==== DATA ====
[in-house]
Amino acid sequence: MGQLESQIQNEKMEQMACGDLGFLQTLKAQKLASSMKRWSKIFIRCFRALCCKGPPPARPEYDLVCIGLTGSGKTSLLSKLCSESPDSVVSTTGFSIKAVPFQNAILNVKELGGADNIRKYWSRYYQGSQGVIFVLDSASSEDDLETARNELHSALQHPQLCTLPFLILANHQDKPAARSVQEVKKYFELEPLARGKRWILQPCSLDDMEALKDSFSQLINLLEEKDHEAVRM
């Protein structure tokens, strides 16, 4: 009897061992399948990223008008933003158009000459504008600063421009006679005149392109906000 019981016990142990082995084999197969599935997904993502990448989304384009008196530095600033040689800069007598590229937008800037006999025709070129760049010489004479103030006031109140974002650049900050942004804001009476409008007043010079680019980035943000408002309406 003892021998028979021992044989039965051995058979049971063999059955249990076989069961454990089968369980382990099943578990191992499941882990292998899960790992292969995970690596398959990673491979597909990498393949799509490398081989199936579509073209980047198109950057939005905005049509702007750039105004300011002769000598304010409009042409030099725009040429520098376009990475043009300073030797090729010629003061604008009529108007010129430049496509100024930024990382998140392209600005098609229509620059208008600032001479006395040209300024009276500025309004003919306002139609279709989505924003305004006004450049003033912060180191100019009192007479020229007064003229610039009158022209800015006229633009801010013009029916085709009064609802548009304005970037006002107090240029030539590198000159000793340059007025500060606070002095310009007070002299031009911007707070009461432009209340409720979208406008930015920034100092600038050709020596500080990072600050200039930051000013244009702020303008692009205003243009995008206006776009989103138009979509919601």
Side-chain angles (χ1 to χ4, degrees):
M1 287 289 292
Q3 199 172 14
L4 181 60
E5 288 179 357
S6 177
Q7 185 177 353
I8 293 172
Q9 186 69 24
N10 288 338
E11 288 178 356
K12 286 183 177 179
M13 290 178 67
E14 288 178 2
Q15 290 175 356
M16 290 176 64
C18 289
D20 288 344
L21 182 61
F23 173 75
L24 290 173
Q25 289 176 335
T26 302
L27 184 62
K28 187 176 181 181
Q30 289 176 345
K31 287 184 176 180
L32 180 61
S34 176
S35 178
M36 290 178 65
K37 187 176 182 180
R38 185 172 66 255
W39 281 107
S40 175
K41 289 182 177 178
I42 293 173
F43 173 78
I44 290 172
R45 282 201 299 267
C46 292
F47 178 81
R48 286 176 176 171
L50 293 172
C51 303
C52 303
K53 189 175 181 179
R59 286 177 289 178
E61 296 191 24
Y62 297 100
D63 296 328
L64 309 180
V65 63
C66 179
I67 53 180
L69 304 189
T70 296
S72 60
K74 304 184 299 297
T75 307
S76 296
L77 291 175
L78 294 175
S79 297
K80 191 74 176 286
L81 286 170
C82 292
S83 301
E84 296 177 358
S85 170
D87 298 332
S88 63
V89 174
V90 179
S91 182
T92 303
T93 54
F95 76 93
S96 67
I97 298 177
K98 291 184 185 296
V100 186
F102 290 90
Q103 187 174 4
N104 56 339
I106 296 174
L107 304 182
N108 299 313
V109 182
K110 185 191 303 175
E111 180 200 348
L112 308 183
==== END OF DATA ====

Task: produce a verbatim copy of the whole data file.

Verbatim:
[in-house]
Amino acid sequence: MGQLESQIQNEKMEQMACGDLGFLQTLKAQKLASSMKRWSKIFIRCFRALCCKGPPPARPEYDLVCIGLTGSGKTSLLSKLCSESPDSVVSTTGFSIKAVPFQNAILNVKELGGADNIRKYWSRYYQGSQGVIFVLDSASSEDDLETARNELHSALQHPQLCTLPFLILANHQDKPAARSVQEVKKYFELEPLARGKRWILQPCSLDDMEALKDSFSQLINLLEEKDHEAVRM
């Protein structure tokens, strides 16, 4: 009897061992399948990223008008933003158009000459504008600063421009006679005149392109906000 019981016990142990082995084999197969599935997904993502990448989304384009008196530095600033040689800069007598590229937008800037006999025709070129760049010489004479103030006031109140974002650049900050942004804001009476409008007043010079680019980035943000408002309406 003892021998028979021992044989039965051995058979049971063999059955249990076989069961454990089968369980382990099943578990191992499941882990292998899960790992292969995970690596398959990673491979597909990498393949799509490398081989199936579509073209980047198109950057939005905005049509702007750039105004300011002769000598304010409009042409030099725009040429520098376009990475043009300073030797090729010629003061604008009529108007010129430049496509100024930024990382998140392209600005098609229509620059208008600032001479006395040209300024009276500025309004003919306002139609279709989505924003305004006004450049003033912060180191100019009192007479020229007064003229610039009158022209800015006229633009801010013009029916085709009064609802548009304005970037006002107090240029030539590198000159000793340059007025500060606070002095310009007070002299031009911007707070009461432009209340409720979208406008930015920034100092600038050709020596500080990072600050200039930051000013244009702020303008692009205003243009995008206006776009989103138009979509919601």
Side-chain angles (χ1 to χ4, degrees):
M1 287 289 292
Q3 199 172 14
L4 181 60
E5 288 179 357
S6 177
Q7 185 177 353
I8 293 172
Q9 186 69 24
N10 288 338
E11 288 178 356
K12 286 183 177 179
M13 290 178 67
E14 288 178 2
Q15 290 175 356
M16 290 176 64
C18 289
D20 288 344
L21 182 61
F23 173 75
L24 290 173
Q25 289 176 335
T26 302
L27 184 62
K28 187 176 181 181
Q30 289 176 345
K31 287 184 176 180
L32 180 61
S34 176
S35 178
M36 290 178 65
K37 187 176 182 180
R38 185 172 66 255
W39 281 107
S40 175
K41 289 182 177 178
I42 293 173
F43 173 78
I44 290 172
R45 282 201 299 267
C46 292
F47 178 81
R48 286 176 176 171
L50 293 172
C51 303
C52 303
K53 189 175 181 179
R59 286 177 289 178
E61 296 191 24
Y62 297 100
D63 296 328
L64 309 180
V65 63
C66 179
I67 53 180
L69 304 189
T70 296
S72 60
K74 304 184 299 297
T75 307
S76 296
L77 291 175
L78 294 175
S79 297
K80 191 74 176 286
L81 286 170
C82 292
S83 301
E84 296 177 358
S85 170
D87 298 332
S88 63
V89 174
V90 179
S91 182
T92 303
T93 54
F95 76 93
S96 67
I97 298 177
K98 291 184 185 296
V100 186
F102 290 90
Q103 187 174 4
N104 56 339
I106 296 174
L107 304 182
N108 299 313
V109 182
K110 185 191 303 175
E111 180 200 348
L112 308 183